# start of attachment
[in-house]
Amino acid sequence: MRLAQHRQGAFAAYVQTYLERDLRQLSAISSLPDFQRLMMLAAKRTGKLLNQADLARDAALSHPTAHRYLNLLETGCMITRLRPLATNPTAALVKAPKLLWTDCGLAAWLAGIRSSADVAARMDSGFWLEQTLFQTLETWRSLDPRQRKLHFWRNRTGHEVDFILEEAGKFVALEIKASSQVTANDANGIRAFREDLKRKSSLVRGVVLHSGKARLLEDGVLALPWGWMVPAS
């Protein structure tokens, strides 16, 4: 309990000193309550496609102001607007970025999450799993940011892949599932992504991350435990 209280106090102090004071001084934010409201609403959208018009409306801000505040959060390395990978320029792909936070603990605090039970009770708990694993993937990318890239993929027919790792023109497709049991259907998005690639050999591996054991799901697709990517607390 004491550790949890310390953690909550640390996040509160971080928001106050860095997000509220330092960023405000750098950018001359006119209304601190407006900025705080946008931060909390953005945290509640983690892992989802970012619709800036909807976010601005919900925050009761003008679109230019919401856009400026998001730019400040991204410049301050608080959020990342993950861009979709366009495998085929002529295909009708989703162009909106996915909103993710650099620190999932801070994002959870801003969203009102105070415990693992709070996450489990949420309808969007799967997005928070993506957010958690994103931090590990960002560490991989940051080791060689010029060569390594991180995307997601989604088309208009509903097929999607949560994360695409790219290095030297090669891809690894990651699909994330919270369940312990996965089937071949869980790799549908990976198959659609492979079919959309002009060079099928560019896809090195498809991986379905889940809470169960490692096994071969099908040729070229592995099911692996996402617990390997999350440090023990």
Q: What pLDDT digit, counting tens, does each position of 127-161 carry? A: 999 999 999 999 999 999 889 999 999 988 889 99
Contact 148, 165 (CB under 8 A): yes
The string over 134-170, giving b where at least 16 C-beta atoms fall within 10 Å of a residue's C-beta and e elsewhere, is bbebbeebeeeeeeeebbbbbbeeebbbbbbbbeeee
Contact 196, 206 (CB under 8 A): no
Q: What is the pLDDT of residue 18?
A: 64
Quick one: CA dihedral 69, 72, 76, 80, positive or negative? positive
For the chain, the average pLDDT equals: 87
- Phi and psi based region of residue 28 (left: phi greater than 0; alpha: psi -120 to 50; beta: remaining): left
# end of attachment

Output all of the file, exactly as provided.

[in-house]
Amino acid sequence: MRLAQHRQGAFAAYVQTYLERDLRQLSAISSLPDFQRLMMLAAKRTGKLLNQADLARDAALSHPTAHRYLNLLETGCMITRLRPLATNPTAALVKAPKLLWTDCGLAAWLAGIRSSADVAARMDSGFWLEQTLFQTLETWRSLDPRQRKLHFWRNRTGHEVDFILEEAGKFVALEIKASSQVTANDANGIRAFREDLKRKSSLVRGVVLHSGKARLLEDGVLALPWGWMVPAS
């Protein structure tokens, strides 16, 4: 309990000193309550496609102001607007970025999450799993940011892949599932992504991350435990 209280106090102090004071001084934010409201609403959208018009409306801000505040959060390395990978320029792909936070603990605090039970009770708990694993993937990318890239993929027919790792023109497709049991259907998005690639050999591996054991799901697709990517607390 004491550790949890310390953690909550640390996040509160971080928001106050860095997000509220330092960023405000750098950018001359006119209304601190407006900025705080946008931060909390953005945290509640983690892992989802970012619709800036909807976010601005919900925050009761003008679109230019919401856009400026998001730019400040991204410049301050608080959020990342993950861009979709366009495998085929002529295909009708989703162009909106996915909103993710650099620190999932801070994002959870801003969203009102105070415990693992709070996450489990949420309808969007799967997005928070993506957010958690994103931090590990960002560490991989940051080791060689010029060569390594991180995307997601989604088309208009509903097929999607949560994360695409790219290095030297090669891809690894990651699909994330919270369940312990996965089937071949869980790799549908990976198959659609492979079919959309002009060079099928560019896809090195498809991986379905889940809470169960490692096994071969099908040729070229592995099911692996996402617990390997999350440090023990």
Q: What pLDDT digit, counting tens, does each position of 127-161 carry? A: 999 999 999 999 999 999 889 999 999 988 889 99
Contact 148, 165 (CB under 8 A): yes
The string over 134-170, giving b where at least 16 C-beta atoms fall within 10 Å of a residue's C-beta and e elsewhere, is bbebbeebeeeeeeeebbbbbbeeebbbbbbbbeeee
Contact 196, 206 (CB under 8 A): no
Q: What is the pLDDT of residue 18?
A: 64
Quick one: CA dihedral 69, 72, 76, 80, positive or negative? positive
For the chain, the average pLDDT equals: 87
- Phi and psi based region of residue 28 (left: phi greater than 0; alpha: psi -120 to 50; beta: remaining): left